• The gig economy is based on flexible, temporary, or freelance jobs, often involving connecting with clients or customers through an online platform
  • The gig economy can benefit workers, businesses, and consumers by making work more adaptable to the needs of the moment and demand for flexible lifestyles.
  • At the same time, the gig economy can have downsides due to the erosion of traditional economic relationships between workers, businesses, and clients.

If left undisturbed, the gig economy will flourish in the new normal which follows. Younger workers will make full use of existing technology to perform handyman jobs, babysit, run errands for clients (Shipt comes to mind), drive for ride-share companies like Uber or Lyft, make deliveries for companies like Amazon Flex, and even do creative and professional work on platforms like Fiverr and SpareHire. Companies will also get into the act and develop their own ‘gig economy’ applications. This will ultimately reduce the need for FTEs (full-time employees) moving forward. Again, this assumes the powers that be leave the gig economy undisturbed.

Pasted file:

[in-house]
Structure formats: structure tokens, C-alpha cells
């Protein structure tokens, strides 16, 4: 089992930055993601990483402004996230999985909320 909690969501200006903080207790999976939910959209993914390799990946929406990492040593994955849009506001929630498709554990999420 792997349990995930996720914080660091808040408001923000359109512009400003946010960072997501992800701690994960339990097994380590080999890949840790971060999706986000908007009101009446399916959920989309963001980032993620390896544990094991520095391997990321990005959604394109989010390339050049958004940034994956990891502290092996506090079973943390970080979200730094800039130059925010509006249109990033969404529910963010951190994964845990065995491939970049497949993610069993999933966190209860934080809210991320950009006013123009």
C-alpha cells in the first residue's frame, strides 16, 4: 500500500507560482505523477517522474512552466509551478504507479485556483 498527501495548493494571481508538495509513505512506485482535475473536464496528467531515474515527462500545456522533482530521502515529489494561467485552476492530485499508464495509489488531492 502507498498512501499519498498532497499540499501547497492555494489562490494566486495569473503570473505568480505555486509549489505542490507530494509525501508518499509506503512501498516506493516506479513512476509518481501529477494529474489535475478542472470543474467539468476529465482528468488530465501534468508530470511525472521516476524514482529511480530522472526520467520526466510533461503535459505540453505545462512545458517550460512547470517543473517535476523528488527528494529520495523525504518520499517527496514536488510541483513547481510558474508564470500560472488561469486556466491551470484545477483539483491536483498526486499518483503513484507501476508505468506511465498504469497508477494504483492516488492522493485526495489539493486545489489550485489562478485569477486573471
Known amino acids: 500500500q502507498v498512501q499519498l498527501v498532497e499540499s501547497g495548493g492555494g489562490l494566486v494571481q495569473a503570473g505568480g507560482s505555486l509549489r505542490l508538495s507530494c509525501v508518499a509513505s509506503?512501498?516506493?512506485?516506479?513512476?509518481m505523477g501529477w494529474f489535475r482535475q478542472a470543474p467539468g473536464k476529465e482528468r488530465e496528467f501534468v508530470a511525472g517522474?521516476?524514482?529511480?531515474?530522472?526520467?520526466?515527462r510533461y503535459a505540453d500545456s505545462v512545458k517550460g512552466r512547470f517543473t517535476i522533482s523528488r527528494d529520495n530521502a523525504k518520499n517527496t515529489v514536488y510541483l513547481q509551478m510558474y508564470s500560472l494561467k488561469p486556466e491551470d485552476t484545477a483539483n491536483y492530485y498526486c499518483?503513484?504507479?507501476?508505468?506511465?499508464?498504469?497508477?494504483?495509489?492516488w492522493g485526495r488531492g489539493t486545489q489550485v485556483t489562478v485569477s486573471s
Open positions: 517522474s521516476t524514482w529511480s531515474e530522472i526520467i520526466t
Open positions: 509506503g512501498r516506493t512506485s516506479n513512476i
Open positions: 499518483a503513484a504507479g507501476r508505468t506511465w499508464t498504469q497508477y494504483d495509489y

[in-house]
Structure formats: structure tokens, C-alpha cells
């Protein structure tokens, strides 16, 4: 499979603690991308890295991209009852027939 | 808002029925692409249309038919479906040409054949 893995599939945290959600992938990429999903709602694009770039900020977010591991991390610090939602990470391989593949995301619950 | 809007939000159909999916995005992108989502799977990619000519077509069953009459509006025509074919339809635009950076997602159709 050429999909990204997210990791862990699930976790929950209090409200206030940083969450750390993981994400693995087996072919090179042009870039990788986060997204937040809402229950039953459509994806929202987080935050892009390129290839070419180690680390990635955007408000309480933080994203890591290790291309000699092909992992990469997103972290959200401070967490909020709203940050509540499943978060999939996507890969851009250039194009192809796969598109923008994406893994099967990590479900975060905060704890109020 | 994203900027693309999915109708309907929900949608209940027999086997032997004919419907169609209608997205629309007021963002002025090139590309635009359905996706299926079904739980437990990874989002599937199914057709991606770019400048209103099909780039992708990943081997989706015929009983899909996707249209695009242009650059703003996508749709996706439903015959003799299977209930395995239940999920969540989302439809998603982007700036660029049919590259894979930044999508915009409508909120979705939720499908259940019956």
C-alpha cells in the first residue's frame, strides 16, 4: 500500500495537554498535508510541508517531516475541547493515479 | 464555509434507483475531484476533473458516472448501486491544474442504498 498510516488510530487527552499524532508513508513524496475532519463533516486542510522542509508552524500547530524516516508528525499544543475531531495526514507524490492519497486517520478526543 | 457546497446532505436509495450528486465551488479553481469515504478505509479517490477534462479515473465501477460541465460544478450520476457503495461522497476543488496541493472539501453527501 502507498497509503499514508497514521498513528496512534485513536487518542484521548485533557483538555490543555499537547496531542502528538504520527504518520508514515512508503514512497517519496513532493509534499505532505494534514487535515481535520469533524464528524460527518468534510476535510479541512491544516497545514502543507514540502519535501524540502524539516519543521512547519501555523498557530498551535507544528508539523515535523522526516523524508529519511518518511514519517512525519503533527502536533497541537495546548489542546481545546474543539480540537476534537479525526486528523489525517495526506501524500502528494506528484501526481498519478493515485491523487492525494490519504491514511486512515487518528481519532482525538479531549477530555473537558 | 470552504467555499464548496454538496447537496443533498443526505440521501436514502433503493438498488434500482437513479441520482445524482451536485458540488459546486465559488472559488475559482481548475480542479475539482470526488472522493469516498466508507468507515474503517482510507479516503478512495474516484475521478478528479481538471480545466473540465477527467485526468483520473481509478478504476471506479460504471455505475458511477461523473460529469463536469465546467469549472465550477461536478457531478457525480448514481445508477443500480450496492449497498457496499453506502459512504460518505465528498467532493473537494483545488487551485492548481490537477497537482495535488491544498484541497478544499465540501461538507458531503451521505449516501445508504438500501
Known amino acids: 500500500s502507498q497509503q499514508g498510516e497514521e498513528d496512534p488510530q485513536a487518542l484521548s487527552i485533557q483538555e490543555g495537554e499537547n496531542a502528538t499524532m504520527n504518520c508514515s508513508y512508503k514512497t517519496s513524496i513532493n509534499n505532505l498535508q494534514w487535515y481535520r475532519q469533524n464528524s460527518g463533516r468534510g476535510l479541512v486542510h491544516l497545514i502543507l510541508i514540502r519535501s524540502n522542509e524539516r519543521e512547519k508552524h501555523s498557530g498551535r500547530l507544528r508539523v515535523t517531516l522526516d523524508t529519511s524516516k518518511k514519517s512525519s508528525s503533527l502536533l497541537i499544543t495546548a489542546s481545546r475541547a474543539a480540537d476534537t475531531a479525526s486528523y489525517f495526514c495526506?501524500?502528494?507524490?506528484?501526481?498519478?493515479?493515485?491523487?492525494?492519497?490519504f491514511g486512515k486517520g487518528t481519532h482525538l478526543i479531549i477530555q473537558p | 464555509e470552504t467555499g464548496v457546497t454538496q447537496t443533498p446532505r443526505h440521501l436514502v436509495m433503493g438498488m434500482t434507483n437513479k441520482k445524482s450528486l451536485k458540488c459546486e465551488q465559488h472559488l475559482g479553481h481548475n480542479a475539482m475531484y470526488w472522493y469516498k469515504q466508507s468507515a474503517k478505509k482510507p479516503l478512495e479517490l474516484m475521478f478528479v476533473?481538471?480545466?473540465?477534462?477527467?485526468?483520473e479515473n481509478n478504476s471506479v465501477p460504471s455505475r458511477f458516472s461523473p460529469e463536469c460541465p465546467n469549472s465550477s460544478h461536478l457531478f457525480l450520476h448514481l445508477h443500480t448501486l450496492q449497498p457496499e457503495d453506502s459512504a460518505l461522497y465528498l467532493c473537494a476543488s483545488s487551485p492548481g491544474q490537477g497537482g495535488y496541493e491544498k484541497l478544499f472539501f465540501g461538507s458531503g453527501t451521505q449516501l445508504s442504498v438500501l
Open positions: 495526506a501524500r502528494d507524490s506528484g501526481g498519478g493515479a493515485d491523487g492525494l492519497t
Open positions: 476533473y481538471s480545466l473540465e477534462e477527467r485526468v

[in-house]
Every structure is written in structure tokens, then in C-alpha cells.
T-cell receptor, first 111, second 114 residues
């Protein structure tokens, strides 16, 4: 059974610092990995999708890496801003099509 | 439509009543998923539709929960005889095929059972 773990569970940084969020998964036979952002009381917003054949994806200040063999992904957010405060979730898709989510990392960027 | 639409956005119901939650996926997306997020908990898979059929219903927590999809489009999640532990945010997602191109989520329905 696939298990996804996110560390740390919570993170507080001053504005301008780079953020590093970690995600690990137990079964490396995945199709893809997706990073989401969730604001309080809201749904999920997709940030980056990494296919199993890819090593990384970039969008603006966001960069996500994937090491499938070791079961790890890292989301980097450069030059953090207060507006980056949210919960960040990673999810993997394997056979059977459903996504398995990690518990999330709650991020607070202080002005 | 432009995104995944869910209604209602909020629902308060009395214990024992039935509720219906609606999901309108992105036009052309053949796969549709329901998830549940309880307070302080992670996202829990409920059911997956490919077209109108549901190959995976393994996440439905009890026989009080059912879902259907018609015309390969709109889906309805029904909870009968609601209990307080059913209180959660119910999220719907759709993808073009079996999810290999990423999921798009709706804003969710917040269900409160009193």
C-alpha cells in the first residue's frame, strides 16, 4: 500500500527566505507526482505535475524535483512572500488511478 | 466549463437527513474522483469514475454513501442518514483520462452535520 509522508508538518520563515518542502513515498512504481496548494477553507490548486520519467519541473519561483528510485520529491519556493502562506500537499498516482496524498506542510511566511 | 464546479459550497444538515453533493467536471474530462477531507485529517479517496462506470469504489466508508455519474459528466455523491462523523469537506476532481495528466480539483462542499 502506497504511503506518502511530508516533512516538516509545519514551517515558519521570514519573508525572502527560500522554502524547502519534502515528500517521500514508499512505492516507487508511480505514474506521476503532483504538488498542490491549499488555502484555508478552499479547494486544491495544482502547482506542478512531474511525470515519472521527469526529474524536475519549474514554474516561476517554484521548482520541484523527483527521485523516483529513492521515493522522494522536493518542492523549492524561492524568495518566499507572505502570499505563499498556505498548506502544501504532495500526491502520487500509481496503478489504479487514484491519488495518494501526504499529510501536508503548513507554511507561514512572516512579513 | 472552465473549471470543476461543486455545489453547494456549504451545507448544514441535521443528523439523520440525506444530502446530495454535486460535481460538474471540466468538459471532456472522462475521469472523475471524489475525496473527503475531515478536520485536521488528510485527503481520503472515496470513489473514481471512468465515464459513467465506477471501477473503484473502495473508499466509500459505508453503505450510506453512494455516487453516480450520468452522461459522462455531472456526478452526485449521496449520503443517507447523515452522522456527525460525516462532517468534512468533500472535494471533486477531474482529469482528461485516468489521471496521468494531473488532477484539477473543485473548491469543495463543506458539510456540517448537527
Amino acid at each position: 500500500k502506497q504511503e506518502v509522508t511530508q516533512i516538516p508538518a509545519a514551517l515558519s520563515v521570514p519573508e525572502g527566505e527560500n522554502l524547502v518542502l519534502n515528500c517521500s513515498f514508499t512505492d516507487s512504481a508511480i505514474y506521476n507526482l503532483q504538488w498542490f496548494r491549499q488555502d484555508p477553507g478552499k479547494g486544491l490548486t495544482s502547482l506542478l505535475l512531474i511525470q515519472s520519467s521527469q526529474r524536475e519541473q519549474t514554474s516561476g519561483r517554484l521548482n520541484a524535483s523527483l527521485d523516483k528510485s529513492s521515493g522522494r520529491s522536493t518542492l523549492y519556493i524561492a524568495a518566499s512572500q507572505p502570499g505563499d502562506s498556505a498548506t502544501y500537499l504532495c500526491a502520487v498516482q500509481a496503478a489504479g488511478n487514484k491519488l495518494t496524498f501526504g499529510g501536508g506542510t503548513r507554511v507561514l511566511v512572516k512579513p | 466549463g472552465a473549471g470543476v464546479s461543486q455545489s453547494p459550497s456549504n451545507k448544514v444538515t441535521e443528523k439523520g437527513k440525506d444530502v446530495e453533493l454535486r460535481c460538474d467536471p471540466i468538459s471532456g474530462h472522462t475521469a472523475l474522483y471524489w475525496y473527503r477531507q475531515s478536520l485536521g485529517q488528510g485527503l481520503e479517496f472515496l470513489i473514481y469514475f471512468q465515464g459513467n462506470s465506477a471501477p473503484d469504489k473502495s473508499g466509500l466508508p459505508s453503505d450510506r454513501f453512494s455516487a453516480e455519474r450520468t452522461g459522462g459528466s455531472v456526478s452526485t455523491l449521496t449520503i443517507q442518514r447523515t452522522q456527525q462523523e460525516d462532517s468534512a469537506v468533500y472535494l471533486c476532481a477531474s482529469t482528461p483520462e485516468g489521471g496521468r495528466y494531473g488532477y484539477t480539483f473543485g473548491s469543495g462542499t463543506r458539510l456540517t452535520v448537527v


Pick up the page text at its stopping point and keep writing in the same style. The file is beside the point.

Unfortunately, politicians will probably put pressure on ‘gig employers’ to turn their 1099 contract workers into W-2 FTEs, with benefits, especially at the state and local levels. Obviously, this defeats the purpose and benefits of the gig economy, and will limit the opportunities for workers (especially younger ones) as the economy slowly adopts to the new normal. As is often the case, well-intentioned actions will have ironic consequences.

Further, the powers that be at all levels of domestic government will enact or otherwise pass a number of new rules/regulations in attempt to mitigate job and income losses during subsequent pandemics and/or economic downturns. Necessarily oblivious to the fact government mandated lock downs were the proximate cause of the economic downturn, politicians will concoct all sorts of restrictions and procedures which will inhibit companies from operating efficiently. Many of these will be innocuous sounding and supposedly in the public good, such as limiting the number of people in a store to a pre-determined level. However, the costs associated with these rules will be enough to be a burden on many small businesses or branch offices of larger employers.